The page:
One of the more distinctive of the bird calls heard when visiting northern Namibia or the wetter parts of the southern African region is a two-syllable “chick-weeu, chick-weeu“, where the first syllable carries a distinct click, almost metallic. This call is uttered by the Black-backed puffback, usually be the male.
Black-backed puffbacks are fairly common within their range and are usually found singly or in pairs as they move through the evergreen forests or woodlands that make up their preferred habitat. They are fairly large shrikes, with a length of about 18 cm and although the sexes are similar in plumage, the males are a little larger than the females.
They have largely black upper parts, the females a little duller than the males, and white under parts. Eyes are red; bills, legs and feet are black. When displaying, the males erect the feathers on their backs to create the magnificent “powder-puff” that gives them their name. In Afrikaans this bird is called a “Sneeubal” or Snowdall, which is perhaps even more descriptive than “puffback”.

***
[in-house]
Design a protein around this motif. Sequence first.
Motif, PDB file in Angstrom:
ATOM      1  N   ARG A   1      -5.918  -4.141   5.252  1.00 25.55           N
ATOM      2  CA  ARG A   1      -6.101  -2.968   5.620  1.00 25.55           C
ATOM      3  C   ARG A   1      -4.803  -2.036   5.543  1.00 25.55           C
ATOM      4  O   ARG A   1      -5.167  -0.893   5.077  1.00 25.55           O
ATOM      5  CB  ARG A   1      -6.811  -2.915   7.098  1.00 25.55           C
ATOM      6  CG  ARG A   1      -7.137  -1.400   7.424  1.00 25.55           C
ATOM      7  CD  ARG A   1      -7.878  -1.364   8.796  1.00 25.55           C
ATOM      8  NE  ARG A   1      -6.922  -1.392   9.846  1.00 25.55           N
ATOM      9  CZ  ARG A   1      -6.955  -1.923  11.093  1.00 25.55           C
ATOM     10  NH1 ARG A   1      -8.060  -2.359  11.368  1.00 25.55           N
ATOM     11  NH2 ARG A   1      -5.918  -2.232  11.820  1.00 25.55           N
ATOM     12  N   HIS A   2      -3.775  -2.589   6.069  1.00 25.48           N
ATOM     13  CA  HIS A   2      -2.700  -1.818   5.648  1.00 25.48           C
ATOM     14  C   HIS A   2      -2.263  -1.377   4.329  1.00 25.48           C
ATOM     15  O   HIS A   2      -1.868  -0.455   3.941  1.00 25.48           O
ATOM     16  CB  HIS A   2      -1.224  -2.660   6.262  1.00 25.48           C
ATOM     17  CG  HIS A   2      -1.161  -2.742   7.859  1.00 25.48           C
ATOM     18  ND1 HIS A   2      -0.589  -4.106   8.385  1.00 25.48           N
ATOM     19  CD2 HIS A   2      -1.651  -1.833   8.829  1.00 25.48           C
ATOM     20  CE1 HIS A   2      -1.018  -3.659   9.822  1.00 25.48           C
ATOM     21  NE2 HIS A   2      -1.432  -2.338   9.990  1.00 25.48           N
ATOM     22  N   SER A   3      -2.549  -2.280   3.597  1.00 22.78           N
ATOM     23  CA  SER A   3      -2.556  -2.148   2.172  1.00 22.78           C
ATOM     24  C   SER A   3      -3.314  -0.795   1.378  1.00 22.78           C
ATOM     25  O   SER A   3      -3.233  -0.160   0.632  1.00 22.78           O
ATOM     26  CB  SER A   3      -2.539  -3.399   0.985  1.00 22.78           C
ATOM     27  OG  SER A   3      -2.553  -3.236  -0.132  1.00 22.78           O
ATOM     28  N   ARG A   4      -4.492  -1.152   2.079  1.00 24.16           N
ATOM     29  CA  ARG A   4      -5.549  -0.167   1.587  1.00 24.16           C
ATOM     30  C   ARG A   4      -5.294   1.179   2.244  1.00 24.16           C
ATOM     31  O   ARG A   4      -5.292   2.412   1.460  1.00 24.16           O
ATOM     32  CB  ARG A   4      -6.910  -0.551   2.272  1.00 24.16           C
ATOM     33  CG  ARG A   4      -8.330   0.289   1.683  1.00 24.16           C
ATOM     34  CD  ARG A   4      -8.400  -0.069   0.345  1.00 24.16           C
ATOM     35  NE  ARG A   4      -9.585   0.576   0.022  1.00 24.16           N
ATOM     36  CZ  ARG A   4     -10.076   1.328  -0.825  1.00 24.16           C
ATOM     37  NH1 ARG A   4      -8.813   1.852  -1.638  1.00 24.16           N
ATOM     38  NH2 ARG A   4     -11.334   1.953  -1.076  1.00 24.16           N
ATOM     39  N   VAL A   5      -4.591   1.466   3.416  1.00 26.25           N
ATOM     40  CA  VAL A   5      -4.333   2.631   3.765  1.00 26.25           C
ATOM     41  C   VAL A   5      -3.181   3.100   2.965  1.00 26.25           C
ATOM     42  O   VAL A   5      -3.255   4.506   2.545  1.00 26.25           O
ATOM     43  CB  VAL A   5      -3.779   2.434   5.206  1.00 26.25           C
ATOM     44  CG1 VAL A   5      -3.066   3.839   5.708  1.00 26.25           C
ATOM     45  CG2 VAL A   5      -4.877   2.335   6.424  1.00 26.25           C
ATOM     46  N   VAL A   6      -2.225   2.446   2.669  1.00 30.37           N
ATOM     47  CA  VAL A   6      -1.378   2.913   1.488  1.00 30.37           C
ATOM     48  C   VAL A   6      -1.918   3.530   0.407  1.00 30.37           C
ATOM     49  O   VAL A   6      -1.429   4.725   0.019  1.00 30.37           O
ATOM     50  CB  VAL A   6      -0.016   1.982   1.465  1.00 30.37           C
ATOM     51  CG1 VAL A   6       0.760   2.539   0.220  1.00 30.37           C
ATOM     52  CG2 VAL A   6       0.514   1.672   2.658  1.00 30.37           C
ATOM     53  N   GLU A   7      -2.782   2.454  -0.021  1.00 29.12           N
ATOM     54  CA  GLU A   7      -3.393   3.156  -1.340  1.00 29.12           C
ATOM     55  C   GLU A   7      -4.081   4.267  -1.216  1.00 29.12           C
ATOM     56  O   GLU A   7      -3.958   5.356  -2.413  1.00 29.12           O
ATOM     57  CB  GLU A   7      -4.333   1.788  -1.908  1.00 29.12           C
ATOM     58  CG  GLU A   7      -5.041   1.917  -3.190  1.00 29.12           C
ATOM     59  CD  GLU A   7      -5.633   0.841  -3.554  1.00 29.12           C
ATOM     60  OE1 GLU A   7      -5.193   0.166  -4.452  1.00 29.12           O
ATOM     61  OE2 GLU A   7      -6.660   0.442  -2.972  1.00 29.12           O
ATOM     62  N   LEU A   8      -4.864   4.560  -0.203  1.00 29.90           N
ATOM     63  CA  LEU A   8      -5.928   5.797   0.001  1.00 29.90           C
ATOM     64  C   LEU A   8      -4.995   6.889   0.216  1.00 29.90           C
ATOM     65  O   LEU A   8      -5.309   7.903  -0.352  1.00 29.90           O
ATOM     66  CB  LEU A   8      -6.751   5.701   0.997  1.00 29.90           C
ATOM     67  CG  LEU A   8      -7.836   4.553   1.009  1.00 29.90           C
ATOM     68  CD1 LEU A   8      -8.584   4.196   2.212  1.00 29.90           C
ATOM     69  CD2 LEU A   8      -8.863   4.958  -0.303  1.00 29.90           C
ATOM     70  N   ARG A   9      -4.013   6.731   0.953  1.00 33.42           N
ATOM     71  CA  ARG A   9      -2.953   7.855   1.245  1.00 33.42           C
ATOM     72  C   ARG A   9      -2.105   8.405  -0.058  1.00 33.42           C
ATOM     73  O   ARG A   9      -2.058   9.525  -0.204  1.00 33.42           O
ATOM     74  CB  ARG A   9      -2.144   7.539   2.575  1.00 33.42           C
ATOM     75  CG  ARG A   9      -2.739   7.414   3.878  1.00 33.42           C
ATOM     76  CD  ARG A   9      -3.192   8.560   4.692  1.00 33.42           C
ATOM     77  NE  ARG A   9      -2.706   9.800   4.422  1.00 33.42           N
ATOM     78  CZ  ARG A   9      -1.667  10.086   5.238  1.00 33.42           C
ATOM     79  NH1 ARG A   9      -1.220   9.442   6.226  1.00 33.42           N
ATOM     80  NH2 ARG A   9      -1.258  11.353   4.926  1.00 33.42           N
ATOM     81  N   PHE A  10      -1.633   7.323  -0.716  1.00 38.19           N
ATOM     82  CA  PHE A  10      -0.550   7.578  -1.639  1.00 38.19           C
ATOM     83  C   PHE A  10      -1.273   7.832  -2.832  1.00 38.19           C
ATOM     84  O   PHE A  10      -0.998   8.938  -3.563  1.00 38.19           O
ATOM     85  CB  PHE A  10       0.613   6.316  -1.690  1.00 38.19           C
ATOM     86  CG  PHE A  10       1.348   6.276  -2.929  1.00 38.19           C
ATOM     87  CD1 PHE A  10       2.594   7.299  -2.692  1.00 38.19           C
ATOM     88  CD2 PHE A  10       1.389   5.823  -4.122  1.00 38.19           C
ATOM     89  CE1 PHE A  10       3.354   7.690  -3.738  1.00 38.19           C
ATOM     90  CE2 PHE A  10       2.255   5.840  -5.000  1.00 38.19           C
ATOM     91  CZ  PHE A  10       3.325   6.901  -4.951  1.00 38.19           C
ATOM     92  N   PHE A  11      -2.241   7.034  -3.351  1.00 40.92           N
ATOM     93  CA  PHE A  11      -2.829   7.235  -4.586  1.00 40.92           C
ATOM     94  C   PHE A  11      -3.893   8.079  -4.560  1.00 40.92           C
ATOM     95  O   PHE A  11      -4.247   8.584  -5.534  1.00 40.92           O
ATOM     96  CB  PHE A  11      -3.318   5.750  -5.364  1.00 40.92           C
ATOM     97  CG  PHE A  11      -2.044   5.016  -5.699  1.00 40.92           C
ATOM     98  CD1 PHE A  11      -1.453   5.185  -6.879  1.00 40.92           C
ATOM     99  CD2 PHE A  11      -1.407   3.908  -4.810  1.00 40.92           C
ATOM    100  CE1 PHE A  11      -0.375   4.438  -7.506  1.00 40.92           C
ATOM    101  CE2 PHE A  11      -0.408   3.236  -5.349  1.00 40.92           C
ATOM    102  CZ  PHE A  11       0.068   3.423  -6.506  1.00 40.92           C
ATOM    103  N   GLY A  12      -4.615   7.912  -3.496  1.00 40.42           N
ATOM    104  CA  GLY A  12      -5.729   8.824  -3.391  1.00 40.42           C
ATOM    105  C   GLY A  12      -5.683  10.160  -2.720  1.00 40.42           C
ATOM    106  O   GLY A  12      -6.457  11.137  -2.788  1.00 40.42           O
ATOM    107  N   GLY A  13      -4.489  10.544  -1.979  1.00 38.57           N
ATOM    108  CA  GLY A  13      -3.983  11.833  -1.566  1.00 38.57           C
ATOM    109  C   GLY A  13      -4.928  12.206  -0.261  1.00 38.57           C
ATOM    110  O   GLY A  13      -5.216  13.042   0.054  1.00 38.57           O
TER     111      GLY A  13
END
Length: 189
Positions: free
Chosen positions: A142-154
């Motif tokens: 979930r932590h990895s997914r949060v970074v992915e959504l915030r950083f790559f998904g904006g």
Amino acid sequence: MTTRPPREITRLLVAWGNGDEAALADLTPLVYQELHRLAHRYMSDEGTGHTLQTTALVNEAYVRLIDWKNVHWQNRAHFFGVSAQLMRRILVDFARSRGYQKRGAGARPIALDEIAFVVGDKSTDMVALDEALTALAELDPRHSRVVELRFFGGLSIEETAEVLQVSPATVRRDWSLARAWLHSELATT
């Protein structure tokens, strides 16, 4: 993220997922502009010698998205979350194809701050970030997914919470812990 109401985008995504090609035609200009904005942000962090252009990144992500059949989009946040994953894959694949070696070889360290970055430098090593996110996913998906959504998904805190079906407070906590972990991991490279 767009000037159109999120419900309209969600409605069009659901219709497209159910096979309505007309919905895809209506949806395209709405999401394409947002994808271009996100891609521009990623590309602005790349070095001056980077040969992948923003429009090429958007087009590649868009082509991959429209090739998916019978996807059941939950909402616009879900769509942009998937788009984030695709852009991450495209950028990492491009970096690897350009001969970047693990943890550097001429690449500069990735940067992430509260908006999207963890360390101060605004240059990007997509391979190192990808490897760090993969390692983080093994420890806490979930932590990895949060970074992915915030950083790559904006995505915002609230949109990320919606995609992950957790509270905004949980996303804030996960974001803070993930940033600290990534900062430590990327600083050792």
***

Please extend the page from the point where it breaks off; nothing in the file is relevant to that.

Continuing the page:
They feed mainly on insects, but also on fruit, and do most of their feeding in the upper canopy where they glean insects from leaves and branches.
The Black-backed puffback is monogamous and builds a tidy cup-shaped nest from roots, bark and other plant material that is bound together with spider webs. It is usually located in a forked branch, and may be camouflaged by having bits of lichen stuck onto it. The female lays a clutch of two or three creamy-white eggs that are heavily speckled with mauve, and that hatch after an incubation period of about 12 days.
The scientific binomial for the Black-backed puffback is Dryoscopus cubla; Dryoscopus from the Greek for “a watcher from the trees” and cubla which derives from a Hottentot word of obscure meaning, but the word is pronounced with an initial click that is said to imitate the bird’s distinctive call.